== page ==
First up this year, the Federal Government began instructing superannuation funds to become quasi financial advisers that would by 2020 offer members tailored pension products, also known as Comprehensive Income Products for Retirement (CIPRS).
Now, former union boss-turned-superannuation investment guru Garry Weaven is pushing for funds to also become lenders to businesses.
Mr Weaven, the chairman of IFM Investors, a funds management company owned by 28 industry funds, isn’t proposing competing with banks. Rather he is suggesting coming to the rescue of corporates who cannot get credit through the normal financial channels – a notion that Australia’s richest man, cardboard king Anthony Pratt, has been pushing for a while.
The Australian Financial Review reported that Mr Weaven “has pledged to help businesses borrow more from the $2.7 trillion superannuation pile, amid fears that the Hayne banking royal commission will force banks to restrict lending to business”.
“The money is there to be channelled and attracted,” he said. “The banks, in order to keep growing their residential book, are probably going to have to reduce the proportion that they lend to the corporate sector, and super funds can fill that gap.”
Wesfarmers, which will sell off supermarket giant Coles later this year, has been particularly vocal about the consequences for Australian businesses if regulation of bank lending is crimped.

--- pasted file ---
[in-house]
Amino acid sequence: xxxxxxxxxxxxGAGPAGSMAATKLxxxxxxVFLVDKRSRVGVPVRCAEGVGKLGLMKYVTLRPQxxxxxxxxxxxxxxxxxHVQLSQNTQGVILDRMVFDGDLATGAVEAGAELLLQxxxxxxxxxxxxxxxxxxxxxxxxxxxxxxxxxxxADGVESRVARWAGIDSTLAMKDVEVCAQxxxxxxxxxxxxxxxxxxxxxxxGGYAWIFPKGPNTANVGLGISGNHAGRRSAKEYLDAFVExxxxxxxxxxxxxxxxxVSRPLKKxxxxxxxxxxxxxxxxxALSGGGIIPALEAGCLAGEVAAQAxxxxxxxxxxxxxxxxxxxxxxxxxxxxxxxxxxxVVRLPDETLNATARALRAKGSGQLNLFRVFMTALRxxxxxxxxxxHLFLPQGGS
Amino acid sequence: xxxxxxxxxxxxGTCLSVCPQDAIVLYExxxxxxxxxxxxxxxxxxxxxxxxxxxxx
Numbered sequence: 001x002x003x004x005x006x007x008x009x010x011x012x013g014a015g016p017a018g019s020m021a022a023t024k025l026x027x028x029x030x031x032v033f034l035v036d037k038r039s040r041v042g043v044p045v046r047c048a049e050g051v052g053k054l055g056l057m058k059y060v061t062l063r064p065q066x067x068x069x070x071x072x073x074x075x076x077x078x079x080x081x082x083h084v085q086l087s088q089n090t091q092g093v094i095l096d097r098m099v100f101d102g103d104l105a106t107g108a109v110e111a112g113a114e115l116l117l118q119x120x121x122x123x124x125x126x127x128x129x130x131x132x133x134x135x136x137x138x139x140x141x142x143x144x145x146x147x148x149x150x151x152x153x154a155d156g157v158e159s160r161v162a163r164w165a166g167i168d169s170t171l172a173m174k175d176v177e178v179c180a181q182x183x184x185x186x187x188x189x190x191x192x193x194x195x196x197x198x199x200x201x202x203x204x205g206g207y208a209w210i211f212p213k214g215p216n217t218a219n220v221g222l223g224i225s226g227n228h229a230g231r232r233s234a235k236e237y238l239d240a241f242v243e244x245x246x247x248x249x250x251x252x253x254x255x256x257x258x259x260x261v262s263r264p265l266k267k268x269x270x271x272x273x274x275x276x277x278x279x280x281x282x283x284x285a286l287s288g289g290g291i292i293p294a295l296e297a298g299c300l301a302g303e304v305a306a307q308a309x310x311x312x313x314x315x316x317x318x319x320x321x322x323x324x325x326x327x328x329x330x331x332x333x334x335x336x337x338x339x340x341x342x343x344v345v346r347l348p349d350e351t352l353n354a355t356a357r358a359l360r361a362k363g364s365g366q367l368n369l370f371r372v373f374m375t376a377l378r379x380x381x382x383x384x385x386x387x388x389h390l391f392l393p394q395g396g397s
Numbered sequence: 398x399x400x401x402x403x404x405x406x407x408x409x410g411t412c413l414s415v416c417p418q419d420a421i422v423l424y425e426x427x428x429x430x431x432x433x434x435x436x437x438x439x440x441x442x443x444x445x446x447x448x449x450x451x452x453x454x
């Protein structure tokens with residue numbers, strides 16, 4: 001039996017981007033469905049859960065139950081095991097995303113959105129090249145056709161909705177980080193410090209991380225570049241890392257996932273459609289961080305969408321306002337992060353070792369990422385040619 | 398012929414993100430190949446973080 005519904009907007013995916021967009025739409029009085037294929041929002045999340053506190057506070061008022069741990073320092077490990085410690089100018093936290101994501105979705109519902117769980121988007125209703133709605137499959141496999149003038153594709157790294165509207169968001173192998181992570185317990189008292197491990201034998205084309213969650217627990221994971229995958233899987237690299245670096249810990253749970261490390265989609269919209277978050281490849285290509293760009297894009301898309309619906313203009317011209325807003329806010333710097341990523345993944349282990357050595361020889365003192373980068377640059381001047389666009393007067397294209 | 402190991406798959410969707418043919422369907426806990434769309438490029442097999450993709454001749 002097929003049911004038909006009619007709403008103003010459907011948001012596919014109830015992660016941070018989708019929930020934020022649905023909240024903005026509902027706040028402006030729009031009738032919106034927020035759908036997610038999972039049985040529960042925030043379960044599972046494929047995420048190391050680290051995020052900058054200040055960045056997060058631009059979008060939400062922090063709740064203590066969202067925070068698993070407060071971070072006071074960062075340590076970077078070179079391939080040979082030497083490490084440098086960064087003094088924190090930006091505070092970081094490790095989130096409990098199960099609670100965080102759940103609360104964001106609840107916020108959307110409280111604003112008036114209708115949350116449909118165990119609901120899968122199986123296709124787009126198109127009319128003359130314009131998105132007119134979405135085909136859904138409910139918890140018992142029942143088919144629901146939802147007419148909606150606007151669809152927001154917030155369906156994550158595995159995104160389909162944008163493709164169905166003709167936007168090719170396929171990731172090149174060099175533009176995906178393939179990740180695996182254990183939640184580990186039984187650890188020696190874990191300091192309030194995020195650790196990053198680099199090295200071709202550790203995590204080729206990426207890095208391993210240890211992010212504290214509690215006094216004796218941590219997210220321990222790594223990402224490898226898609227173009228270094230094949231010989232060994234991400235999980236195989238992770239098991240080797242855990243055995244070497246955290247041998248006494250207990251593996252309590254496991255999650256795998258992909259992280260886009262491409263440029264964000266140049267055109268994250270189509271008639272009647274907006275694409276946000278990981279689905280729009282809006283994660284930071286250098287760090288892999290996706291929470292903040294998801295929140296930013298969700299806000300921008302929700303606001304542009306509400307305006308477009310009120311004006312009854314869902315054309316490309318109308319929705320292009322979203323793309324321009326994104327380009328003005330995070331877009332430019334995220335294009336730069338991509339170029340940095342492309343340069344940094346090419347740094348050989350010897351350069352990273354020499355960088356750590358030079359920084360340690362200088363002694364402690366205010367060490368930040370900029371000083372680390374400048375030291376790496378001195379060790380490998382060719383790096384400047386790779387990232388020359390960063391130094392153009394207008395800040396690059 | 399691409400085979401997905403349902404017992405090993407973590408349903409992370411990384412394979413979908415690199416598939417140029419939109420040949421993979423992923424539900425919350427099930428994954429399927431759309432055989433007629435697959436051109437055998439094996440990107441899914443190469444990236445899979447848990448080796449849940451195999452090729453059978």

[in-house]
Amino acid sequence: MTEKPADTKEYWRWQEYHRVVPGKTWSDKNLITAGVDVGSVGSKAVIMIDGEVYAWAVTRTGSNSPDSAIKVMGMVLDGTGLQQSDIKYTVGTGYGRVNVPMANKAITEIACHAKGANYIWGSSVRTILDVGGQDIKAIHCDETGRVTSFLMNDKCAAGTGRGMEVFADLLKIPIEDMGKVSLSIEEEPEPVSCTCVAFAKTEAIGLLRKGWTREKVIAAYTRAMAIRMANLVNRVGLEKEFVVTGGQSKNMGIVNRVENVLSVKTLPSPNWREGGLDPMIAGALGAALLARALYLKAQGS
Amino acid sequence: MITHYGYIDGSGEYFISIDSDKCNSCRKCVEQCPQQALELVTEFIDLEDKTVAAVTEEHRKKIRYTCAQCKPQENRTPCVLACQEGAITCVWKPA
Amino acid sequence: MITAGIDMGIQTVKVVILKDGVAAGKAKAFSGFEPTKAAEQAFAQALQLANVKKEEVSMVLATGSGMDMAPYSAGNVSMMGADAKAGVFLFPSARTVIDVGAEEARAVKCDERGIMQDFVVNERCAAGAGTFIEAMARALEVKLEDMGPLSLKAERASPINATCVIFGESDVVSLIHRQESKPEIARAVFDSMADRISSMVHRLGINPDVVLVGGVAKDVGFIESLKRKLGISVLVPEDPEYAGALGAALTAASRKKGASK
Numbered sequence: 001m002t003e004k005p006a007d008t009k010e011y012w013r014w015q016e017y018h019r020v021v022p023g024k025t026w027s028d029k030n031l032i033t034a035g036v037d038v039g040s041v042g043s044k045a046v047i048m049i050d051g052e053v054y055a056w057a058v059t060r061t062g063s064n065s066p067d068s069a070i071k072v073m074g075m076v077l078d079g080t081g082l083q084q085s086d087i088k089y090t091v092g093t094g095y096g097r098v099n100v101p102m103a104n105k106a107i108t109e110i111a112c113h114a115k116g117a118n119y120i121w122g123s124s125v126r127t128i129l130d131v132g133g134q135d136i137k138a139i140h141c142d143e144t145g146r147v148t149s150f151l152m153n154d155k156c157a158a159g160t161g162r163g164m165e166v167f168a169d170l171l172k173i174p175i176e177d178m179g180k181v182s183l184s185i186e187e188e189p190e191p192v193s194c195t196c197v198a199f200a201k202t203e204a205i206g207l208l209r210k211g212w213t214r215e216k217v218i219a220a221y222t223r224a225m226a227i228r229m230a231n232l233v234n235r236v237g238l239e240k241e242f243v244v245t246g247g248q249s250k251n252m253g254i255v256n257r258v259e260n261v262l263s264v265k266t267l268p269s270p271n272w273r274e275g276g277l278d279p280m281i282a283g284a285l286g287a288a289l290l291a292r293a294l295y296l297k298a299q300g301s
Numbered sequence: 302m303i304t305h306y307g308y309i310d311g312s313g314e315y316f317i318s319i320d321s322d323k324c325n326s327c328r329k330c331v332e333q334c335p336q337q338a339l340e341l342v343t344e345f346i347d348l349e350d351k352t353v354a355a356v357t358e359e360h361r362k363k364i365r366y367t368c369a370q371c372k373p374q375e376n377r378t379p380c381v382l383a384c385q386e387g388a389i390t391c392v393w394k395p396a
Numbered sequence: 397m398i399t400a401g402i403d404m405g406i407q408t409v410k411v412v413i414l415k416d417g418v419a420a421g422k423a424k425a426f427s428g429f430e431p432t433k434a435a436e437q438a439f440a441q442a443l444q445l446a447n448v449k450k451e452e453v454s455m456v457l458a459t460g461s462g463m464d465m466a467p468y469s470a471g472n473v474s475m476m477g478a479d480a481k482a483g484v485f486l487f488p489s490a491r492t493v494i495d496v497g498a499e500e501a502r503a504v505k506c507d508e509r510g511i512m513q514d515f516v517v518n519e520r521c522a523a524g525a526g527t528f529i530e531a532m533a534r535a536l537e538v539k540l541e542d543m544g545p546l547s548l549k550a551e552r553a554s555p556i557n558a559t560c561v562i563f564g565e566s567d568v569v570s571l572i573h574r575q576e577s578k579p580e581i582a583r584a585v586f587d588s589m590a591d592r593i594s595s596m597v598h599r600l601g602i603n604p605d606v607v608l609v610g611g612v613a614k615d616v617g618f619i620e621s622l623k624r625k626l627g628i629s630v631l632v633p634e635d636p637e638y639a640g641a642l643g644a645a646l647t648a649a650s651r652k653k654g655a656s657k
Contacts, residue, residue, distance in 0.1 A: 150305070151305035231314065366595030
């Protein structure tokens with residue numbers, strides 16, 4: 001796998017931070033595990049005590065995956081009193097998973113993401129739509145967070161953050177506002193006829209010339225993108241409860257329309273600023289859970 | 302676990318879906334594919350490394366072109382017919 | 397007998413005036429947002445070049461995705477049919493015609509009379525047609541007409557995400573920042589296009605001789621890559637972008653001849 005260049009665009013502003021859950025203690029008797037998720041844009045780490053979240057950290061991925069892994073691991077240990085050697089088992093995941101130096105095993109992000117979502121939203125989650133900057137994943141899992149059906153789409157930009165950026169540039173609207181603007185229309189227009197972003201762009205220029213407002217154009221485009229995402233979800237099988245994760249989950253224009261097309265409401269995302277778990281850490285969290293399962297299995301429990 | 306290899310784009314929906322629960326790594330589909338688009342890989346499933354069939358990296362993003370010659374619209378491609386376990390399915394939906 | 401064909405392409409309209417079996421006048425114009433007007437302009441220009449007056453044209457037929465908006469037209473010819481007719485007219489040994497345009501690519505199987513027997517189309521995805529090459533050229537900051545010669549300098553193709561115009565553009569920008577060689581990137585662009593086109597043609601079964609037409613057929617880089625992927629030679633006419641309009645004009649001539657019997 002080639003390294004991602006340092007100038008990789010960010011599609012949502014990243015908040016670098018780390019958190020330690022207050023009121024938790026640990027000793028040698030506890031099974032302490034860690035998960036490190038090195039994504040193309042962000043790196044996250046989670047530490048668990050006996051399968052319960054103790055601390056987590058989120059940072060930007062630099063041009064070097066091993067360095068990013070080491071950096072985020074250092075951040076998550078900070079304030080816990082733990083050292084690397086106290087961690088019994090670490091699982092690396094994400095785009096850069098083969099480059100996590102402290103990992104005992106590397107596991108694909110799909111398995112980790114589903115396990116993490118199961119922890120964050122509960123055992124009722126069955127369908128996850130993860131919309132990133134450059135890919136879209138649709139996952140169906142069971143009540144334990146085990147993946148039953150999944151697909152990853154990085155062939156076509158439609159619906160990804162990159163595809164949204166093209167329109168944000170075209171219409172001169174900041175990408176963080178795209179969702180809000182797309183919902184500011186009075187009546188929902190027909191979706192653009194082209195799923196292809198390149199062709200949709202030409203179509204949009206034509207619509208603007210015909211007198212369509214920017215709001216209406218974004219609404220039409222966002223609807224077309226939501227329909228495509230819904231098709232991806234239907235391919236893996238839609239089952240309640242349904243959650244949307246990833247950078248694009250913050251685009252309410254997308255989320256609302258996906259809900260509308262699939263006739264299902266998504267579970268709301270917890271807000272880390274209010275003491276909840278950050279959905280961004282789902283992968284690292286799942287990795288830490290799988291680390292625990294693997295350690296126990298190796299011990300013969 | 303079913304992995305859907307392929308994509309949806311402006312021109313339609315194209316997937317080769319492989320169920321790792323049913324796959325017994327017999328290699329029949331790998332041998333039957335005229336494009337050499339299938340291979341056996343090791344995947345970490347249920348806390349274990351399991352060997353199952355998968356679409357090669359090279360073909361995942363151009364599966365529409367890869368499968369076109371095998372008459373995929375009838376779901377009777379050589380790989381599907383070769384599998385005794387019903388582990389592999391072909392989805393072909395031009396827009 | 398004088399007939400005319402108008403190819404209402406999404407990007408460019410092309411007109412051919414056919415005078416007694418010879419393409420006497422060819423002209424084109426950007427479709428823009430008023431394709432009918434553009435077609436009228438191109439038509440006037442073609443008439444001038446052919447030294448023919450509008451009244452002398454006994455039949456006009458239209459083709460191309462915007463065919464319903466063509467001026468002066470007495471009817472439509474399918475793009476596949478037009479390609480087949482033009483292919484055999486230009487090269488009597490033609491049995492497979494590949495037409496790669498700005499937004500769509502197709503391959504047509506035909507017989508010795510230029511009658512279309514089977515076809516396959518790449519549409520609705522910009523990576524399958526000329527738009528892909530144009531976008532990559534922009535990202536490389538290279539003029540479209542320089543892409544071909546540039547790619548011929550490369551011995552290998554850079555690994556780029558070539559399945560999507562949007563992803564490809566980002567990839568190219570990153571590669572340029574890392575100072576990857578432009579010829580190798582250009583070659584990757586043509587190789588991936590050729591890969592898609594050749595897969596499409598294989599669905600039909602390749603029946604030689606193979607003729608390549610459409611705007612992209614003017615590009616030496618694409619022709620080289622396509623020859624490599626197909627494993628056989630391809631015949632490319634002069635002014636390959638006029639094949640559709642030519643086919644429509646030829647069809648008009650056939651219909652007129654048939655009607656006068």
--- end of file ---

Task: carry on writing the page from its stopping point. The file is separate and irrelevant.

“The risk is that if banks and financial institutions become so risk averse, they slow down the provision of credit to individuals and businesses,” Wesfarmers chief executive Rob Scott said. “It’s a risk if the regulatory response is too heavy handed.”
Last year, Mr Pratt called for super funds to work with banks who found it too expensive to lend directly to companies. He said funds could tap banks’ credit assessment and lending nous to deploy their vast reserves.
That year, AustralianSuper and IFM agreed to lend $150 million to Mr Pratt’s Visy cardboard company to refinance existing debt.
Mr Weaven estimated banks lent $95 billion a year to non-financial corporations in Australia.
“So it’s a very big business. We’re not competing with them, we don’t threaten their customer base in terms of normal banking relationships, so we’d be a natural partner. I would have thought that would be good for Australian business.”
Would you be happy for your super savings to be lent to businesses that banks turned away? Is there any upside for super funds to become lenders?